12th January 2013, 07:54 PM #8 diyAudio Member   Join Date: Jan 2013 Thank you very much chocolic, I was planning to use the large caps for giving the very high shoot-through current impulses reflected to the supply in class d amp design. Since these are impulses(very short time discharge of capacitors), i thought that large enough caps can effectively deliver shoot through currents, and maintain circuit operation (although to say this is odd , since shoot-through currents are unwanted in class-d design, and has to be kept small as possible). I did not think that these caps can be used in class ab stage to provide much longer discharge currents to the amp. However considering that supply does not give current for one half cycle(charging the capactior fastly), and since that at the other half cycle the capactior will begin its duty only after source cannot give 1A, this idea is very reasonable. I made the roughest estimates and reasonable sizes of capacitors can do the job. And in the simulation it does not cause problems dor audio frequencies(20-20k). However thinking that i am not going to give a sine wave after finishing the design but a complete acoustic signal, i do not know about its effects yet. However i put two sinusoidal sources with differenct frequency and delay in series, and results seems okay. Thank you very much again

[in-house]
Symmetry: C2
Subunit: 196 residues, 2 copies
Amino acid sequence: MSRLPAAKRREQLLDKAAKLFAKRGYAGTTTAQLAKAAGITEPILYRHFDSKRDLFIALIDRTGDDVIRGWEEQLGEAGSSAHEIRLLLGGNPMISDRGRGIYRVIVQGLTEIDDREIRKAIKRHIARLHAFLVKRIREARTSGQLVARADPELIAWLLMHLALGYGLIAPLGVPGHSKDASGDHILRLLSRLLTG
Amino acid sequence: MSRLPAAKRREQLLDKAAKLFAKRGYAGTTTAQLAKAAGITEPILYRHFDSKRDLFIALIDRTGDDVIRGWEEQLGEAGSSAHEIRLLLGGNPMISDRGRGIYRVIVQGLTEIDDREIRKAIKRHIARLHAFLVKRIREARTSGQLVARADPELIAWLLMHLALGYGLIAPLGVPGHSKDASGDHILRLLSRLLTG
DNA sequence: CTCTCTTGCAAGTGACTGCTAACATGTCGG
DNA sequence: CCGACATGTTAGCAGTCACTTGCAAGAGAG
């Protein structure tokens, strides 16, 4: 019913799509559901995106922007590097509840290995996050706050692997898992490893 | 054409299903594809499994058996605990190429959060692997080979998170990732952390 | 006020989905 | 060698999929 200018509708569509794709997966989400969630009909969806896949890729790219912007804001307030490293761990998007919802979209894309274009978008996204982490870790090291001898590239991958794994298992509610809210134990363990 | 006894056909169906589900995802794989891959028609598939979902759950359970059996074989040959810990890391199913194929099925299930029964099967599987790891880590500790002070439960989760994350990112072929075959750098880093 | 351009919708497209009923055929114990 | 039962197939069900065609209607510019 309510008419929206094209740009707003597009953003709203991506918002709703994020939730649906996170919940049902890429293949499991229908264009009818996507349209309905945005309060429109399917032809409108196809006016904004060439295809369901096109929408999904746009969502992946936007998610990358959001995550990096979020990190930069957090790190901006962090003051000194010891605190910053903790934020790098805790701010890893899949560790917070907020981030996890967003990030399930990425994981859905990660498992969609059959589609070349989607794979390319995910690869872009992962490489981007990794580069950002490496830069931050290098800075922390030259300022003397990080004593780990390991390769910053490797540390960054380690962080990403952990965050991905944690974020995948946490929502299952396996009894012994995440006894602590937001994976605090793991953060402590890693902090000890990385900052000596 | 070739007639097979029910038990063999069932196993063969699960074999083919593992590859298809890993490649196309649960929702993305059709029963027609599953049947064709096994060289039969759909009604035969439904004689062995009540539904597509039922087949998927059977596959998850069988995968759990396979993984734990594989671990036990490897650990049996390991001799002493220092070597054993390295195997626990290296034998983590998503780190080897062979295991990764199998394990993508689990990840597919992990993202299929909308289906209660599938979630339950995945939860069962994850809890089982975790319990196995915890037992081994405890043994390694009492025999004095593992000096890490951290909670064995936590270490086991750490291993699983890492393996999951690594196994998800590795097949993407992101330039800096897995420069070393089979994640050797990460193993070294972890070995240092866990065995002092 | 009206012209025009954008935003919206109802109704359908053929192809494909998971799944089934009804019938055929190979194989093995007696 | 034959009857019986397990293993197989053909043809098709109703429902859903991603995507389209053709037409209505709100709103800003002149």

12th January 2013, 11:03 PM #9 diyAudio Member   Join Date: Jan 2003 Location: mississauga ontario canada Based on your amplifier using 100mA for Iq and everything else, and a capacitor big enough to supply 1.8A for the top half of the lowest frequency, and a peak output swing of 21.5V @ 2.7A, you should be able to get 28.9W before supply sag or clipping. If the cap could only supply 0.5A for that period of time you would still get 8W Your target is 6W No problem __________________ Doug We are all learning...we can all help "You can't stop the signal, Mal. Everything goes somewhere..."
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Join Date: Dec 2003
Location: Munich
Quote:
 Originally Posted by efevi I made the roughest estimates and reasonable sizes of capacitors can do the job. And in the simulation it does not cause problems dor audio frequencies(20-20k).
...now I am curious which cap size / how much voltage sagging you are planning.